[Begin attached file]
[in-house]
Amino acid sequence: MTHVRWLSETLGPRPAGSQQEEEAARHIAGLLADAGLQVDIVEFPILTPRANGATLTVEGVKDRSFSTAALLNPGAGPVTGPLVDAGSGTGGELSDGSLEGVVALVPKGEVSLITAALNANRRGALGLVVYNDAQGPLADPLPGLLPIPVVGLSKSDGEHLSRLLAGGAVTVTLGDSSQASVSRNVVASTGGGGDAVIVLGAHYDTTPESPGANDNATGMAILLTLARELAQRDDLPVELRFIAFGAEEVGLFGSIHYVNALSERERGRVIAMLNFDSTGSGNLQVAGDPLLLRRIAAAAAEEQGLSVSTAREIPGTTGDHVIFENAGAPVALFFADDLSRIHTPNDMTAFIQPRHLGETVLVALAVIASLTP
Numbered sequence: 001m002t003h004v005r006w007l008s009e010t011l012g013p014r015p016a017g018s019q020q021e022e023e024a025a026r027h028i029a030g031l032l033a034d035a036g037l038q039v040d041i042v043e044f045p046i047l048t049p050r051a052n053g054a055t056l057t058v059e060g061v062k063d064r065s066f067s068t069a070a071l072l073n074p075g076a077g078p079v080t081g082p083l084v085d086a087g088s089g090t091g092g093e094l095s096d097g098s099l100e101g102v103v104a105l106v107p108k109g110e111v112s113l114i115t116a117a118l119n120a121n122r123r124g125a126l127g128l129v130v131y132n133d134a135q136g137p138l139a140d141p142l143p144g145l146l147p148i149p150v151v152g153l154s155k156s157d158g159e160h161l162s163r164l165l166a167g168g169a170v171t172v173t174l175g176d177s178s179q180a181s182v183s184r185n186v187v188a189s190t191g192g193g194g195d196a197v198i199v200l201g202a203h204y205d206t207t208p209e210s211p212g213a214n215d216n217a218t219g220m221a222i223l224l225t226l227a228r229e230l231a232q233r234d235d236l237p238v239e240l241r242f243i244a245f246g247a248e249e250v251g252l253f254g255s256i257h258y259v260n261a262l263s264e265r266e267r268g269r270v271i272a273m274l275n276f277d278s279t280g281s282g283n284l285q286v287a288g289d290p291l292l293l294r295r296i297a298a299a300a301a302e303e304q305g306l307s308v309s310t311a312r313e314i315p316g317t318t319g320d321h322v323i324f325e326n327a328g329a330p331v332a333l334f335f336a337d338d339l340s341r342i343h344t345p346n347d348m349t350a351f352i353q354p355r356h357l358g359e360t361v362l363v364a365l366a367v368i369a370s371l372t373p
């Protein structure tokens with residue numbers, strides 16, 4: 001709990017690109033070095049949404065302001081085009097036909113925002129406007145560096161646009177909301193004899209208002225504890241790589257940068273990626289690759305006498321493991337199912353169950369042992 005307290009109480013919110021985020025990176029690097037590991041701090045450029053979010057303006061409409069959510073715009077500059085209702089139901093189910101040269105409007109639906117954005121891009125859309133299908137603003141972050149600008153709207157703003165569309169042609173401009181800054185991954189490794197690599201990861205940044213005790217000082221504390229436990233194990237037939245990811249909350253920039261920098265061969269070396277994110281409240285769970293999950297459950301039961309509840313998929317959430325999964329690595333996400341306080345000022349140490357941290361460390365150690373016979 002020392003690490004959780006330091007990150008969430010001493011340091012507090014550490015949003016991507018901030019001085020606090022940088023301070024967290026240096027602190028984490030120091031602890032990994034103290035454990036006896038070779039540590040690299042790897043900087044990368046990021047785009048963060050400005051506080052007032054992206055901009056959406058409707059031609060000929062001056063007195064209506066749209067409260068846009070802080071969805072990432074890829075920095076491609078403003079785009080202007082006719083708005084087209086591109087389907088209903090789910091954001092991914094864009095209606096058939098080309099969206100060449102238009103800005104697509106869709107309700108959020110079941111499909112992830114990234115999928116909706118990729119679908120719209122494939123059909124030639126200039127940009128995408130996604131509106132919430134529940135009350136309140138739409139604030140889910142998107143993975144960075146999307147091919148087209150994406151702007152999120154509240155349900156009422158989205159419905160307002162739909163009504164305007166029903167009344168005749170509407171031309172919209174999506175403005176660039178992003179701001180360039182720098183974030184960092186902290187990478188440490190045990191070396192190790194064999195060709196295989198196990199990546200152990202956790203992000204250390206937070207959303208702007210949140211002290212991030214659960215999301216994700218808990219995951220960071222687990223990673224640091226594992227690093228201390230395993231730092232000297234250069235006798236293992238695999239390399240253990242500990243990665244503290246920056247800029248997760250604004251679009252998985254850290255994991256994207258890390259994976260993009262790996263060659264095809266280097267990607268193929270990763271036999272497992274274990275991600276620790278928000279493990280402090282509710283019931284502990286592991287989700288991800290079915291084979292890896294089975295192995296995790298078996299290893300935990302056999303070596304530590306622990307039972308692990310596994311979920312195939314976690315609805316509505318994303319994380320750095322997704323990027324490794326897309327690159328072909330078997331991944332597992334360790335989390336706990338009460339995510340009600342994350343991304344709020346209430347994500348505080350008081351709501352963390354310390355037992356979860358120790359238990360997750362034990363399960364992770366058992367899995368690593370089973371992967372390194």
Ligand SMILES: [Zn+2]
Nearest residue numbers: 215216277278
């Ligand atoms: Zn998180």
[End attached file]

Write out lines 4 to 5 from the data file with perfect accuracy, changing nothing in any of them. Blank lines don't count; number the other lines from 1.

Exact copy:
């Protein structure tokens with residue numbers, strides 16, 4: 001709990017690109033070095049949404065302001081085009097036909113925002129406007145560096161646009177909301193004899209208002225504890241790589257940068273990626289690759305006498321493991337199912353169950369042992 005307290009109480013919110021985020025990176029690097037590991041701090045450029053979010057303006061409409069959510073715009077500059085209702089139901093189910101040269105409007109639906117954005121891009125859309133299908137603003141972050149600008153709207157703003165569309169042609173401009181800054185991954189490794197690599201990861205940044213005790217000082221504390229436990233194990237037939245990811249909350253920039261920098265061969269070396277994110281409240285769970293999950297459950301039961309509840313998929317959430325999964329690595333996400341306080345000022349140490357941290361460390365150690373016979 002020392003690490004959780006330091007990150008969430010001493011340091012507090014550490015949003016991507018901030019001085020606090022940088023301070024967290026240096027602190028984490030120091031602890032990994034103290035454990036006896038070779039540590040690299042790897043900087044990368046990021047785009048963060050400005051506080052007032054992206055901009056959406058409707059031609060000929062001056063007195064209506066749209067409260068846009070802080071969805072990432074890829075920095076491609078403003079785009080202007082006719083708005084087209086591109087389907088209903090789910091954001092991914094864009095209606096058939098080309099969206100060449102238009103800005104697509106869709107309700108959020110079941111499909112992830114990234115999928116909706118990729119679908120719209122494939123059909124030639126200039127940009128995408130996604131509106132919430134529940135009350136309140138739409139604030140889910142998107143993975144960075146999307147091919148087209150994406151702007152999120154509240155349900156009422158989205159419905160307002162739909163009504164305007166029903167009344168005749170509407171031309172919209174999506175403005176660039178992003179701001180360039182720098183974030184960092186902290187990478188440490190045990191070396192190790194064999195060709196295989198196990199990546200152990202956790203992000204250390206937070207959303208702007210949140211002290212991030214659960215999301216994700218808990219995951220960071222687990223990673224640091226594992227690093228201390230395993231730092232000297234250069235006798236293992238695999239390399240253990242500990243990665244503290246920056247800029248997760250604004251679009252998985254850290255994991256994207258890390259994976260993009262790996263060659264095809266280097267990607268193929270990763271036999272497992274274990275991600276620790278928000279493990280402090282509710283019931284502990286592991287989700288991800290079915291084979292890896294089975295192995296995790298078996299290893300935990302056999303070596304530590306622990307039972308692990310596994311979920312195939314976690315609805316509505318994303319994380320750095322997704323990027324490794326897309327690159328072909330078997331991944332597992334360790335989390336706990338009460339995510340009600342994350343991304344709020346209430347994500348505080350008081351709501352963390354310390355037992356979860358120790359238990360997750362034990363399960364992770366058992367899995368690593370089973371992967372390194």
Ligand SMILES: [Zn+2]